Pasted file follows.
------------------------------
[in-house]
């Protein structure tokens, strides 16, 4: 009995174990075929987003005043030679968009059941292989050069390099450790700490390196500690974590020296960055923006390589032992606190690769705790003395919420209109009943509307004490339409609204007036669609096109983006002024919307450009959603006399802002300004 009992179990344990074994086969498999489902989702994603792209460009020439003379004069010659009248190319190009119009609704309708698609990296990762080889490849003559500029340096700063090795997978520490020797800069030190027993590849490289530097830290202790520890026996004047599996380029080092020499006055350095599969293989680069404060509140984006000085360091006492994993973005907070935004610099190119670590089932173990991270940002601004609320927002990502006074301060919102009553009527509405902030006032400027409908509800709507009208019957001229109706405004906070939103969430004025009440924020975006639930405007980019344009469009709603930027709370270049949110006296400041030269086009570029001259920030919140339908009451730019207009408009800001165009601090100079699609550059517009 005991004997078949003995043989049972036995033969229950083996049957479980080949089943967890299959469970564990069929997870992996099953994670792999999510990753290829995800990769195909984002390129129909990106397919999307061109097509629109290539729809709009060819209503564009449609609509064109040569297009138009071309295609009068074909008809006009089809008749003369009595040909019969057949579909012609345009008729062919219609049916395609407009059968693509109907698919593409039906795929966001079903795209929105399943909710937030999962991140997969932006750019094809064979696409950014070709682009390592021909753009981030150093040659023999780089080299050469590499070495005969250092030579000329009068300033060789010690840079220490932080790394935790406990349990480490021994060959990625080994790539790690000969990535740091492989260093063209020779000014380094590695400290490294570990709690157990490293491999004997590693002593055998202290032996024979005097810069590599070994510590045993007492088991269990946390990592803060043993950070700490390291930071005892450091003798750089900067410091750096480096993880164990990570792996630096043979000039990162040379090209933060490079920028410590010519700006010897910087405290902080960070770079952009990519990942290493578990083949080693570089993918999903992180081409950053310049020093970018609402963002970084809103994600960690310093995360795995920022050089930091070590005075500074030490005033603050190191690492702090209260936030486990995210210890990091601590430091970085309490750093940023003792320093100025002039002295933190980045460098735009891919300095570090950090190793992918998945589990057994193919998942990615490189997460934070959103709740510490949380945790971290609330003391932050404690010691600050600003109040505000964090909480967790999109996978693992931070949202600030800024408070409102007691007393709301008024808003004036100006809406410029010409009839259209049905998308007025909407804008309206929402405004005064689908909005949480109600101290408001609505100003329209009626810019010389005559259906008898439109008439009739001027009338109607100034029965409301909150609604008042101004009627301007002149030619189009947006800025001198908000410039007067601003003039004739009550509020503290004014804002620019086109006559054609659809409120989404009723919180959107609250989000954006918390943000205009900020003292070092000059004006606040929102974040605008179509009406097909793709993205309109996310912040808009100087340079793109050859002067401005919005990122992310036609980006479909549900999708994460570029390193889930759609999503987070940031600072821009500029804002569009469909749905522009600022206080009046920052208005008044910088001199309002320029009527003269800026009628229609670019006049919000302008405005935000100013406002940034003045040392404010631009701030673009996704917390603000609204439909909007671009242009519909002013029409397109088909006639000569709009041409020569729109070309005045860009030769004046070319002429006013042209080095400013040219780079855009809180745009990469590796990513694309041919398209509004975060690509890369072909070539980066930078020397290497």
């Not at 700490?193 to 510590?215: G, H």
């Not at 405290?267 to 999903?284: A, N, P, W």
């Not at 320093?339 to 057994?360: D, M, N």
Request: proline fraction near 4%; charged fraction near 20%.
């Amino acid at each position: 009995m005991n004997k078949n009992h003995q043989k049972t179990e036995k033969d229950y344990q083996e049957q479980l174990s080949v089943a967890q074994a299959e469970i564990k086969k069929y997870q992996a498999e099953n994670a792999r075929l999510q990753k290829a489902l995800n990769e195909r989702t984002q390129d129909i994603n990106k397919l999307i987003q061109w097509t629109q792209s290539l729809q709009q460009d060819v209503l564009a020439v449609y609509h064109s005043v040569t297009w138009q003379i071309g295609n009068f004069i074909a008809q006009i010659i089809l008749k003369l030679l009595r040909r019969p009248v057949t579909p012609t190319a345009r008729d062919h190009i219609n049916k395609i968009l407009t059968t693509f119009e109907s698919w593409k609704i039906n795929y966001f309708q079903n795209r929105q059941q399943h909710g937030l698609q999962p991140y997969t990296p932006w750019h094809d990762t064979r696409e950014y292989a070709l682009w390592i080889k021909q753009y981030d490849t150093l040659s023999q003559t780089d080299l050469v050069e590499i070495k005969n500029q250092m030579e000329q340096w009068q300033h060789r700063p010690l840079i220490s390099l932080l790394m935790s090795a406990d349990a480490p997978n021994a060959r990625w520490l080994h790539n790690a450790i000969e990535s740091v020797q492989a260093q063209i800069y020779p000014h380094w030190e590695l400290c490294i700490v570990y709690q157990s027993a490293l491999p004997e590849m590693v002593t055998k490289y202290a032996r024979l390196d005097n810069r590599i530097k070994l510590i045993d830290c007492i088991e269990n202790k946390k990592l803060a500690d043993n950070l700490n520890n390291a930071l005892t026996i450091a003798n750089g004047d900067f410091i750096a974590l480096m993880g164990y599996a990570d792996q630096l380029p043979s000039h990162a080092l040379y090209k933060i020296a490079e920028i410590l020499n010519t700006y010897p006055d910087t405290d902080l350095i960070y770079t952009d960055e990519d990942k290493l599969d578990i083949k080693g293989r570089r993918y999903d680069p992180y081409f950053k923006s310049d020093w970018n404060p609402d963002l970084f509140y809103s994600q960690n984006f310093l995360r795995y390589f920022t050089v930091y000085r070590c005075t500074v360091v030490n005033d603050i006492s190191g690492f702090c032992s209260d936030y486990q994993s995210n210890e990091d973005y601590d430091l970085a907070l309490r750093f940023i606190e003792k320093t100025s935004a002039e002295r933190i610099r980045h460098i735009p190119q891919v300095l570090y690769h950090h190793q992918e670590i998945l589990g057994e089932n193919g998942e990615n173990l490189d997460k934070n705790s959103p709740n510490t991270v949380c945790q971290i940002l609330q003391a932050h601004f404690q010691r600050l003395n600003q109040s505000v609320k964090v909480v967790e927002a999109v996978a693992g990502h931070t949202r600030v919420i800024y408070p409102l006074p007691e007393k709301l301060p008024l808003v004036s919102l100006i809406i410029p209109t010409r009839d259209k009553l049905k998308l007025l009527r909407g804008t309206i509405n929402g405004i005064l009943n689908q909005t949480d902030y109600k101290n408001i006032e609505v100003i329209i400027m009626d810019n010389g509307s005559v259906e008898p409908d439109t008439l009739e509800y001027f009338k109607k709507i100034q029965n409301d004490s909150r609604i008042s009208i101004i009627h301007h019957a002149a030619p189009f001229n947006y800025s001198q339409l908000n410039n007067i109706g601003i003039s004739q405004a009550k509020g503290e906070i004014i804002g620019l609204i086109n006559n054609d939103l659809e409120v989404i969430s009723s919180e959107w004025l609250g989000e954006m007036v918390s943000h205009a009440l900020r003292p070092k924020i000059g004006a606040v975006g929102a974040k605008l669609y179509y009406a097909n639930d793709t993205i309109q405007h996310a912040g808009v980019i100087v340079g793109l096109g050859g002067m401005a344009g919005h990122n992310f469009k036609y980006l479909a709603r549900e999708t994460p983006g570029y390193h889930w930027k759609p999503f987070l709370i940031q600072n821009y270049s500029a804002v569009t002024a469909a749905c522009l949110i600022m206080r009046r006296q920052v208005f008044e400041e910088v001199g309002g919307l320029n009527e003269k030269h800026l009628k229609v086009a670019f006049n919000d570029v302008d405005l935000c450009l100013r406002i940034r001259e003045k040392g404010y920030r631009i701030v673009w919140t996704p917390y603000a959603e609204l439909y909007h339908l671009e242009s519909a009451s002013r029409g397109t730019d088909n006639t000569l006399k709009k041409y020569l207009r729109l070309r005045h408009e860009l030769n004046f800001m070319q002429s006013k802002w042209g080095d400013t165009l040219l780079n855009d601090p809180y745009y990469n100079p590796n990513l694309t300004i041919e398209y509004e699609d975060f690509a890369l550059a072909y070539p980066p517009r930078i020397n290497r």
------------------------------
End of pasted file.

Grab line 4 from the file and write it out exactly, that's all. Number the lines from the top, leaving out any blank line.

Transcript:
């Not at 405290?267 to 999903?284: A, N, P, W």